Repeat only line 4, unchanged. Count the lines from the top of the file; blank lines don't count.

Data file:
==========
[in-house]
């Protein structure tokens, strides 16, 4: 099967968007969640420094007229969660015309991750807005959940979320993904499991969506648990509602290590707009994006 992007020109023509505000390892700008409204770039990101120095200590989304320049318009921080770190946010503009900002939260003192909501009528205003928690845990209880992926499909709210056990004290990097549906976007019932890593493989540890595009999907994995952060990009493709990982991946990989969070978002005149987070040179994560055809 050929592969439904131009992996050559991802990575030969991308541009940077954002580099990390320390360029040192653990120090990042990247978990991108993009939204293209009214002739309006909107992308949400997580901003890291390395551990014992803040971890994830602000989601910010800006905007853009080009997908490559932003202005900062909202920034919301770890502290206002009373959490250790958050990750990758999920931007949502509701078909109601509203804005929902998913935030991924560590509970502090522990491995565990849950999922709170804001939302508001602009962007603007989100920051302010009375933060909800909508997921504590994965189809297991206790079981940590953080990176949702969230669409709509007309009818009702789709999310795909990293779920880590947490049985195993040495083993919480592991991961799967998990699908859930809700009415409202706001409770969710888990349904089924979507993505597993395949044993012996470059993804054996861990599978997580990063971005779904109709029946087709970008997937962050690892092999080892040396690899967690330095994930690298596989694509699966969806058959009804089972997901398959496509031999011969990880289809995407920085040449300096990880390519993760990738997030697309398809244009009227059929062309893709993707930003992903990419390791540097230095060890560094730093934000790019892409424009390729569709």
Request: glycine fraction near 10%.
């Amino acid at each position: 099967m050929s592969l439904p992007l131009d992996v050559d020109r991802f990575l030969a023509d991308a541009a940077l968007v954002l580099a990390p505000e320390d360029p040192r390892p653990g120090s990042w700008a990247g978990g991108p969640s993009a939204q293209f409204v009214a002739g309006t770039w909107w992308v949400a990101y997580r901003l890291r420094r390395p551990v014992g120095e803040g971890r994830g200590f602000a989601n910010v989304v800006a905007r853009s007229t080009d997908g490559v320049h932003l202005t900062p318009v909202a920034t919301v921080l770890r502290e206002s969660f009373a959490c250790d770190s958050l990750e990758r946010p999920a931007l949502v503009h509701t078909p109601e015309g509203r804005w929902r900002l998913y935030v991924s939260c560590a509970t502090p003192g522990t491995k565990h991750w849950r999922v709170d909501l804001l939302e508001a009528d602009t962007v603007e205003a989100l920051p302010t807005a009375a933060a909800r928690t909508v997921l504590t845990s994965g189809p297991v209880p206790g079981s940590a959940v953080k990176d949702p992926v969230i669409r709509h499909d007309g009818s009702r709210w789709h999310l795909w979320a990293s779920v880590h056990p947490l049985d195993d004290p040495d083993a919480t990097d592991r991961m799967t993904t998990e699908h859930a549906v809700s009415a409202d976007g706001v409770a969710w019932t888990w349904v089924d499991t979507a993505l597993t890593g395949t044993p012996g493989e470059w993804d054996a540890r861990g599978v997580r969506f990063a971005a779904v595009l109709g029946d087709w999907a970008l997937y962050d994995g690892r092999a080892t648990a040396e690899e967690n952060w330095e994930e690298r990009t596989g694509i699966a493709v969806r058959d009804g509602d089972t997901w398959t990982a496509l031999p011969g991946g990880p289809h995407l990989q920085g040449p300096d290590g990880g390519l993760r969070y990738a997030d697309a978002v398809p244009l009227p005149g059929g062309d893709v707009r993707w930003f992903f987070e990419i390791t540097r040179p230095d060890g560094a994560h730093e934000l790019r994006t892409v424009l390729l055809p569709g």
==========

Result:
């Amino acid at each position: 099967m050929s592969l439904p992007l131009d992996v050559d020109r991802f990575l030969a023509d991308a541009a940077l968007v954002l580099a990390p505000e320390d360029p040192r390892p653990g120090s990042w700008a990247g978990g991108p969640s993009a939204q293209f409204v009214a002739g309006t770039w909107w992308v949400a990101y997580r901003l890291r420094r390395p551990v014992g120095e803040g971890r994830g200590f602000a989601n910010v989304v800006a905007r853009s007229t080009d997908g490559v320049h932003l202005t900062p318009v909202a920034t919301v921080l770890r502290e206002s969660f009373a959490c250790d770190s958050l990750e990758r946010p999920a931007l949502v503009h509701t078909p109601e015309g509203r804005w929902r900002l998913y935030v991924s939260c560590a509970t502090p003192g522990t491995k565990h991750w849950r999922v709170d909501l804001l939302e508001a009528d602009t962007v603007e205003a989100l920051p302010t807005a009375a933060a909800r928690t909508v997921l504590t845990s994965g189809p297991v209880p206790g079981s940590a959940v953080k990176d949702p992926v969230i669409r709509h499909d007309g009818s009702r709210w789709h999310l795909w979320a990293s779920v880590h056990p947490l049985d195993d004290p040495d083993a919480t990097d592991r991961m799967t993904t998990e699908h859930a549906v809700s009415a409202d976007g706001v409770a969710w019932t888990w349904v089924d499991t979507a993505l597993t890593g395949t044993p012996g493989e470059w993804d054996a540890r861990g599978v997580r969506f990063a971005a779904v595009l109709g029946d087709w999907a970008l997937y962050d994995g690892r092999a080892t648990a040396e690899e967690n952060w330095e994930e690298r990009t596989g694509i699966a493709v969806r058959d009804g509602d089972t997901w398959t990982a496509l031999p011969g991946g990880p289809h995407l990989q920085g040449p300096d290590g990880g390519l993760r969070y990738a997030d697309a978002v398809p244009l009227p005149g059929g062309d893709v707009r993707w930003f992903f987070e990419i390791t540097r040179p230095d060890g560094a994560h730093e934000l790019r994006t892409v424009l390729l055809p569709g």